The area of the mental foramen shows complexity, with some anatomical particularities. The nerve can be hurt in different cases like during endodontic procedures and overfilling, teeth extractions, or surgical procedure like implantology; this could create temporary sensitive consequences for the patient similar to labiomental paresthesia [5, 6]. This is why a dentist has to take all the precautions to protect the mental nerve during surgeries.

CBCT, specifically developed for imaging of the teeth and jaws [7, 8], is a low-dose scanning system [9]. CBCT use backprojection reconstructed tomography to acquire data of the whole volume of interest through a rotation of the pyramidal or conical X-ray beam and reciprocal image detector. These data are then used to generate individual slice images or 3D reconstructions [7, 911]. The CBCT offers a three-dimensional reconstitution of buccal cavity and different slices (axial, transversal, and sagittal) of the studied area without superposition [12].

The aim of this review is to evaluate the mental foramen using CBCT through a systematic literature review to improve knowledge of this complex area for the clinician.

2. Materials and Methods

The Preferred Reporting Items for Systematic Reviews and Meta-Analyses (PRISMA) system was adopted for this systematic review.

2.1. Study Protocol and Criteria

The protocol was designed to answer the following question: “do the CBCT studies evaluate the anatomic variations or individual parameters (sex, age, edentulism, and ethnic group) on the anatomy of mental foramen?”

It included studies reporting CBCT examination of the mental foramen and the surrounding area on patients before surgery or for routine examination or on cadavers. Some studies have also obtained results with panoramic radiography.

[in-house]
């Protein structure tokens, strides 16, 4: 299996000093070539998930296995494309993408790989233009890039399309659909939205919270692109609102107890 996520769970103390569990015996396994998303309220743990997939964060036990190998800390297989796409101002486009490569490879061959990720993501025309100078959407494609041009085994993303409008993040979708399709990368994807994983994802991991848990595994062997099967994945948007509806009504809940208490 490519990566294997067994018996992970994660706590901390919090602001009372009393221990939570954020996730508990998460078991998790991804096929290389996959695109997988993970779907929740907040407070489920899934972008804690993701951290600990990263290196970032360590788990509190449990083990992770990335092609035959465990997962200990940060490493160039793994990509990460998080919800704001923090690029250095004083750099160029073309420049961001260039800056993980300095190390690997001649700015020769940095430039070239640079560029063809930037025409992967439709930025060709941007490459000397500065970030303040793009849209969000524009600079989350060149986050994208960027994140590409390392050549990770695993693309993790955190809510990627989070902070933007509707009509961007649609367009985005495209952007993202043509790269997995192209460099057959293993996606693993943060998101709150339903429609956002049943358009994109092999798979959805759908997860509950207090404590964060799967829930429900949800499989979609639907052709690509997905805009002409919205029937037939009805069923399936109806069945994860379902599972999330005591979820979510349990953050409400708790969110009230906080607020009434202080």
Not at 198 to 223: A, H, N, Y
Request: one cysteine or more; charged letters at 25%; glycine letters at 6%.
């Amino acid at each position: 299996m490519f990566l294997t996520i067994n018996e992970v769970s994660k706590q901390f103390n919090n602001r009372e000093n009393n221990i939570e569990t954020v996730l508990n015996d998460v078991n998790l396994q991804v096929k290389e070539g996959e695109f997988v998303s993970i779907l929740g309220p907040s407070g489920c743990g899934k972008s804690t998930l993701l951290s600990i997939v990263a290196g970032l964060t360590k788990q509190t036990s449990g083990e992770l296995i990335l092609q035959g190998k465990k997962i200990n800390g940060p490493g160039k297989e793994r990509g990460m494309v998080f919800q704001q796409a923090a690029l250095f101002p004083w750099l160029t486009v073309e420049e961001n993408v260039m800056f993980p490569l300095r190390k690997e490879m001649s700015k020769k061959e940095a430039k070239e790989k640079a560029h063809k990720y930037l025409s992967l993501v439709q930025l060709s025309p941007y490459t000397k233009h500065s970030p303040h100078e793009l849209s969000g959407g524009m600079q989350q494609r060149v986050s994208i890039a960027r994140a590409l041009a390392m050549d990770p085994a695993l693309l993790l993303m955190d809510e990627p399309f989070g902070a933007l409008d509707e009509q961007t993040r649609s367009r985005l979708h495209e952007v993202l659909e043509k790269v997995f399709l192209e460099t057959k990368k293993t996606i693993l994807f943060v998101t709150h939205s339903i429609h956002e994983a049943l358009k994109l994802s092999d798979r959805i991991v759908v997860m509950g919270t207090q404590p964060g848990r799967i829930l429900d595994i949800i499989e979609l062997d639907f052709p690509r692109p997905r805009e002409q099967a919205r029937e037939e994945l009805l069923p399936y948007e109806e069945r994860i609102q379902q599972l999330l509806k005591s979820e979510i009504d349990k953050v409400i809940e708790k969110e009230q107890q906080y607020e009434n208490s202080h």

Inclusion criteria were as follows: only studies published in English in an international peer-reviewed journal were included. The observational studies had to describe the anatomy of mental foramen and the surrounding area using images obtained by CBCT.

Exclusion criteria were as follows: systematic reviews, studies about children, case reports, and studies using other types of computed tomography were excluded.

The following Population, Exposure to risk factor, Comparison, and Outcome (PECO) definitions were considered for systemic search:(i)Population: studies had to include systemically cadavers or patients with CBCT examination(ii)Exposure: no risk factor(iii)Comparison: the specific comparisons investigated were anatomic variations or individual parameters (sex, age, edentulism, and ethnic group) on the evaluation of the anatomy of mental foramen(iv)Outcome measures: characteristics of mental foramen (size, position, symmetry, accessory mental foramen, or multiple mental foramina)

2.2. Search Strategy

A literature search was performed in MEDLINE via the PubMed database of the US National Library of Medicine, Web of Science, and Cochrane Library databases as well as a hand search of other literature to identify articles of potential relevance. The search included articles accepted for publication from 2008 up to June 2020. Previously published review articles on similar topics were also analyzed to assess potentially relevant publications.

The following keywords were used for this purpose:Mental foramen OR mental foraminaAND CBCT OR Cone Beam Computed Tomography

2.3. Quality Assessment

Quality assurance was developed by independent screening by two reviewers (AP and PAB) according to Khan et al. [13]. When disagreement arose in the selection and eligibility, it was resolved by discussion between the two reviewers.

3. Results

The initial search of the literature up to June 2020 yielded 728 potentially suitable papers. Two independent reviewers (AP and PAB) analyzed titles and abstracts during the first stage of screening. Irrelevant articles and duplicates were discarded. Additional manual searching of reference lists in the papers selected as well as in a number of review articles was performed to source further relevant publications. Eighty-four full-text articles were assessed for eligibility. The full texts of the articles were read to determine whether the studies fulfilled the predetermined inclusion criteria. Seventy-two studies fulfilled the inclusion criteria and twelve were excluded (Figure 2). Following the exclusion of reviews, children studies, case reports, and studies using other types of computed tomography, 72 publications remained fully eligible for this review.